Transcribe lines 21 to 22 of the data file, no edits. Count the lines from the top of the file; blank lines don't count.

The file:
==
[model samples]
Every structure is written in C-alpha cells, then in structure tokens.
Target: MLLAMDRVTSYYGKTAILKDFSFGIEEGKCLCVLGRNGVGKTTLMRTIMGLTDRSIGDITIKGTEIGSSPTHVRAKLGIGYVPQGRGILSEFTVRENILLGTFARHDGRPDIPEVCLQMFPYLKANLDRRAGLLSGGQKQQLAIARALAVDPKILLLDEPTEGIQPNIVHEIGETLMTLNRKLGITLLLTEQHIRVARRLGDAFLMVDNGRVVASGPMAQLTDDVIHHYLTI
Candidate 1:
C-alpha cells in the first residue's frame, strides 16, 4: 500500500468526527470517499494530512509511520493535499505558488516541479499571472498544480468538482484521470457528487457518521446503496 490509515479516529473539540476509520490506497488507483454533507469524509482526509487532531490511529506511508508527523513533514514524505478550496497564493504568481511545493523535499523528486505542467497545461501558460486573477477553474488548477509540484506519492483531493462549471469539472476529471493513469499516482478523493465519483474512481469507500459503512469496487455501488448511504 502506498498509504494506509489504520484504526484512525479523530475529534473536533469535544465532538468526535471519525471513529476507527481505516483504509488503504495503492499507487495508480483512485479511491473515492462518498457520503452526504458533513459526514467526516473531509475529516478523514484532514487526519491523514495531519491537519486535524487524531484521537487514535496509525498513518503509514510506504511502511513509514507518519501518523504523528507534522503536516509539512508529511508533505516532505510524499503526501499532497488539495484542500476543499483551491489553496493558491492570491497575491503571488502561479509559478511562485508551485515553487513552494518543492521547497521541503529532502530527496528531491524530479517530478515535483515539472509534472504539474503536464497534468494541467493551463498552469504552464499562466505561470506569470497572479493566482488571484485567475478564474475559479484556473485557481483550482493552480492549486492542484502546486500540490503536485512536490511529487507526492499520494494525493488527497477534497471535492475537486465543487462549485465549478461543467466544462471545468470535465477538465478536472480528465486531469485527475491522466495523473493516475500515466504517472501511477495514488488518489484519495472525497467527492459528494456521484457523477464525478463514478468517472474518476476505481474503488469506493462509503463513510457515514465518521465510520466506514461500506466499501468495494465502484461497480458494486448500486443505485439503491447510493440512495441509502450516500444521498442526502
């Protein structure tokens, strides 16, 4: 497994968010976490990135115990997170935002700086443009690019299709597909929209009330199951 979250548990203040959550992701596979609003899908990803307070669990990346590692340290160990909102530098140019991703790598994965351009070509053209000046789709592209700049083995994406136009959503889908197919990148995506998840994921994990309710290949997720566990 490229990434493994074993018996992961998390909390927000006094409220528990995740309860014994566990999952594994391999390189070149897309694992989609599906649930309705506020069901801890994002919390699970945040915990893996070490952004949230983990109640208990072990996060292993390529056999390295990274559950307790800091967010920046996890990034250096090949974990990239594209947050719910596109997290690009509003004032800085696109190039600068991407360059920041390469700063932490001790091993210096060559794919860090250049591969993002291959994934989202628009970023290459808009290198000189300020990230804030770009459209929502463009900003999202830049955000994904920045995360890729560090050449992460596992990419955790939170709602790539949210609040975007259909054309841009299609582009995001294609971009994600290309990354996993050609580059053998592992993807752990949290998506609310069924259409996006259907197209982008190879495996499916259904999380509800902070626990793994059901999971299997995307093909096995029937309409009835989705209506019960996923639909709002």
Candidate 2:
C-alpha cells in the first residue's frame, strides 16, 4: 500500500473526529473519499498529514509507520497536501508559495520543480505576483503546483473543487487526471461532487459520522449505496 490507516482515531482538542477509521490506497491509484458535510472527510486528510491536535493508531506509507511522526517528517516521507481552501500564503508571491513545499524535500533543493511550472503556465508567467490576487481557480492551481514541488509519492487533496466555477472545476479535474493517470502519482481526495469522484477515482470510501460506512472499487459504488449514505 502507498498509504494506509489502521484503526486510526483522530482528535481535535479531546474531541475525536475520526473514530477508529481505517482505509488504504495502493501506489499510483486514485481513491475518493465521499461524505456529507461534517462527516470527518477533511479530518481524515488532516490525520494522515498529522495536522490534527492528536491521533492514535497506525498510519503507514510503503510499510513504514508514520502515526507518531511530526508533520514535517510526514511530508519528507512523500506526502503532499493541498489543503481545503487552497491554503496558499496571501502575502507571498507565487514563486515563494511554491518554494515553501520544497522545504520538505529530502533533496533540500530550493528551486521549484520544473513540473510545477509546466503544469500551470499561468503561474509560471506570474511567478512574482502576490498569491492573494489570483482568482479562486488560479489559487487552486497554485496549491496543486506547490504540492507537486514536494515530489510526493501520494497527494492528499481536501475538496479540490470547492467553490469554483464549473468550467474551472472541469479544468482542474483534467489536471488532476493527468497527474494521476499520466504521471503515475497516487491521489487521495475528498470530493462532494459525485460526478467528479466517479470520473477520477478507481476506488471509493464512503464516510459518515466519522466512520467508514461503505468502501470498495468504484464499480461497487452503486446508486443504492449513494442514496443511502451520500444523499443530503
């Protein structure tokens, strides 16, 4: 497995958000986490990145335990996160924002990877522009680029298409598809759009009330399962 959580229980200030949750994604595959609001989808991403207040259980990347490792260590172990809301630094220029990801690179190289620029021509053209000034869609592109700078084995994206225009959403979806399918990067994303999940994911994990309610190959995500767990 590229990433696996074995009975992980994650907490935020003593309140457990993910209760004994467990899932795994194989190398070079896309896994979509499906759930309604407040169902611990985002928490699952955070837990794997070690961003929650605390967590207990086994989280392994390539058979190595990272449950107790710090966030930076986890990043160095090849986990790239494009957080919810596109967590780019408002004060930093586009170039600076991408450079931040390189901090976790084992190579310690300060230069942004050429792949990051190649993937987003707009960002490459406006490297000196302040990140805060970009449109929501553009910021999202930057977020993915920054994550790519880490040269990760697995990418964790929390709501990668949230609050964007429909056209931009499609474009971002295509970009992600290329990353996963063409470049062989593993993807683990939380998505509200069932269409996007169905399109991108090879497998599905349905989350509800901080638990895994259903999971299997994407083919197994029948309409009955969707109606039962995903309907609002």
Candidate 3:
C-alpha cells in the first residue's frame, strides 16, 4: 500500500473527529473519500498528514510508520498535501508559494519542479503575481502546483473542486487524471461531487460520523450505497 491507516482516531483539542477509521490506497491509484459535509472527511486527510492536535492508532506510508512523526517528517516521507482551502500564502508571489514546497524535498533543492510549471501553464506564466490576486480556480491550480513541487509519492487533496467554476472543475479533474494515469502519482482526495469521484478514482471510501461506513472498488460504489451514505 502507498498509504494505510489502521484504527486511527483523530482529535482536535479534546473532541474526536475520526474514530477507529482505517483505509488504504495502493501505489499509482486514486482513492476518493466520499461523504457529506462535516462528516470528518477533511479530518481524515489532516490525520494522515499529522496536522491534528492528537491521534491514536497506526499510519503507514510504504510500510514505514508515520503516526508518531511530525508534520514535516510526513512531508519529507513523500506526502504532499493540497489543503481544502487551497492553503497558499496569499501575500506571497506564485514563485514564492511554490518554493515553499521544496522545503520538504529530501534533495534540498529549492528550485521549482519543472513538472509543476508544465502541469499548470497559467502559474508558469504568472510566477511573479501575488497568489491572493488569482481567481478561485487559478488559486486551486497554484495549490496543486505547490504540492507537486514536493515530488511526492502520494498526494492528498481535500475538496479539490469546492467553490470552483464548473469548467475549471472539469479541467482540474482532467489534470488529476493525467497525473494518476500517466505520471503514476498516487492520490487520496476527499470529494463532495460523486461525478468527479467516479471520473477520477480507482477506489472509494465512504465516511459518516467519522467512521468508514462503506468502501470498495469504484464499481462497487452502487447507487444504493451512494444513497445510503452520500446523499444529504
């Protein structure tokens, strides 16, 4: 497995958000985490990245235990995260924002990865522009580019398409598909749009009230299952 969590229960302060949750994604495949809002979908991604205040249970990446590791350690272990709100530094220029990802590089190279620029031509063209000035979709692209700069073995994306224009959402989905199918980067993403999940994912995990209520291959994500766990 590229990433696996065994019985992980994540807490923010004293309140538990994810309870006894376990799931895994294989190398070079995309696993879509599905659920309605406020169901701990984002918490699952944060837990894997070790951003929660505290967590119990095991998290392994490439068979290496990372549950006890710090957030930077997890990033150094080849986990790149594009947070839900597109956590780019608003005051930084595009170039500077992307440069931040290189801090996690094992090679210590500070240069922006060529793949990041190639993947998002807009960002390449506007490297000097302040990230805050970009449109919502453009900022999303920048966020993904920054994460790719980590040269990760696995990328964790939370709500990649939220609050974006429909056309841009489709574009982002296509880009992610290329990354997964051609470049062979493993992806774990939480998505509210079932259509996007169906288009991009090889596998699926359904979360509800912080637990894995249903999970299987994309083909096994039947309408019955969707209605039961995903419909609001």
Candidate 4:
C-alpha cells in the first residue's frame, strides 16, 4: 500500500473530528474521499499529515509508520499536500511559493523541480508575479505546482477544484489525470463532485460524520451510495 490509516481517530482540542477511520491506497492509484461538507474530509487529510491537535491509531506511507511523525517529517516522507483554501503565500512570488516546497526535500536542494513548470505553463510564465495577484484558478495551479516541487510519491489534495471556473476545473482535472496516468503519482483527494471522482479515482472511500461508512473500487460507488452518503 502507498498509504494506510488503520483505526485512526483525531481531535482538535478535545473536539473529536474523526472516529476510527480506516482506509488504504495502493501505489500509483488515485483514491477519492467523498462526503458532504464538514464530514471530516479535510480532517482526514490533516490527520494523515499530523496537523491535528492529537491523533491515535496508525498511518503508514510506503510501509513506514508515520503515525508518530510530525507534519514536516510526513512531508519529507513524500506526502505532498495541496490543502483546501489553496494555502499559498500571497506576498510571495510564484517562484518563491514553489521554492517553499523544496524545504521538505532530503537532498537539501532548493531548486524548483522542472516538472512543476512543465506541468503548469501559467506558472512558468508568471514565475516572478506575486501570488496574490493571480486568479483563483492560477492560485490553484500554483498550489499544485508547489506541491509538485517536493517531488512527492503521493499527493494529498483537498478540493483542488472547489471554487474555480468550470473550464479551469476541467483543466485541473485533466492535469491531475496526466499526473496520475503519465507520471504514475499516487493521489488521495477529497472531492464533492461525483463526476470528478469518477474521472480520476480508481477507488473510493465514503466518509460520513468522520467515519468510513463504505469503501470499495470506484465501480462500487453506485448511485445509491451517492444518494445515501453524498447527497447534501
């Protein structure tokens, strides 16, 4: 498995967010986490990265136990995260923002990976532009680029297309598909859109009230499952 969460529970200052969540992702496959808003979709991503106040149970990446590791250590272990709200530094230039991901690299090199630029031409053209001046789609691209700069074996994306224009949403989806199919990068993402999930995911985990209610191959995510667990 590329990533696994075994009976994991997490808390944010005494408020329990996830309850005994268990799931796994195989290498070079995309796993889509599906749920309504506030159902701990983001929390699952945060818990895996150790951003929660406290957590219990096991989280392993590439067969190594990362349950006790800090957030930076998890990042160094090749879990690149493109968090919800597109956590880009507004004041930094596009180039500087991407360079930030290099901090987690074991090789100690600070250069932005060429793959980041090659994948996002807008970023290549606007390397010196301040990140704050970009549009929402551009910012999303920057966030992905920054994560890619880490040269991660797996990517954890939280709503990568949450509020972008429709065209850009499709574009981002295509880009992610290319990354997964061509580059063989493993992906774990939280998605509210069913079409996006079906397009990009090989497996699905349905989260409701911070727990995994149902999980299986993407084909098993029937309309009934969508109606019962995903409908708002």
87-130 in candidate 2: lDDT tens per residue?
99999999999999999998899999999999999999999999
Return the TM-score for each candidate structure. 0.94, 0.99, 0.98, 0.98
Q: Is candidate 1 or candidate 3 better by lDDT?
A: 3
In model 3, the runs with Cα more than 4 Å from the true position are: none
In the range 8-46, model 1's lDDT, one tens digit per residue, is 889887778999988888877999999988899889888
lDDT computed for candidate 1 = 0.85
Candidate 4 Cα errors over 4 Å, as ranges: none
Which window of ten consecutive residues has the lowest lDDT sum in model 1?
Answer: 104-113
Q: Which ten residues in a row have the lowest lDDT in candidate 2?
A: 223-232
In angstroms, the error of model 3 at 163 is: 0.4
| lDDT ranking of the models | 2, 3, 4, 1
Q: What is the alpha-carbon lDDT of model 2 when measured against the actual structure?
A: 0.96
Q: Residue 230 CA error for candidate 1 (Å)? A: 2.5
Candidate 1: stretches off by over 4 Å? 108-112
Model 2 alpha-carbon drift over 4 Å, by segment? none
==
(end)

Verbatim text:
In model 3, the runs with Cα more than 4 Å from the true position are: none
In the range 8-46, model 1's lDDT, one tens digit per residue, is 889887778999988888877999999988899889888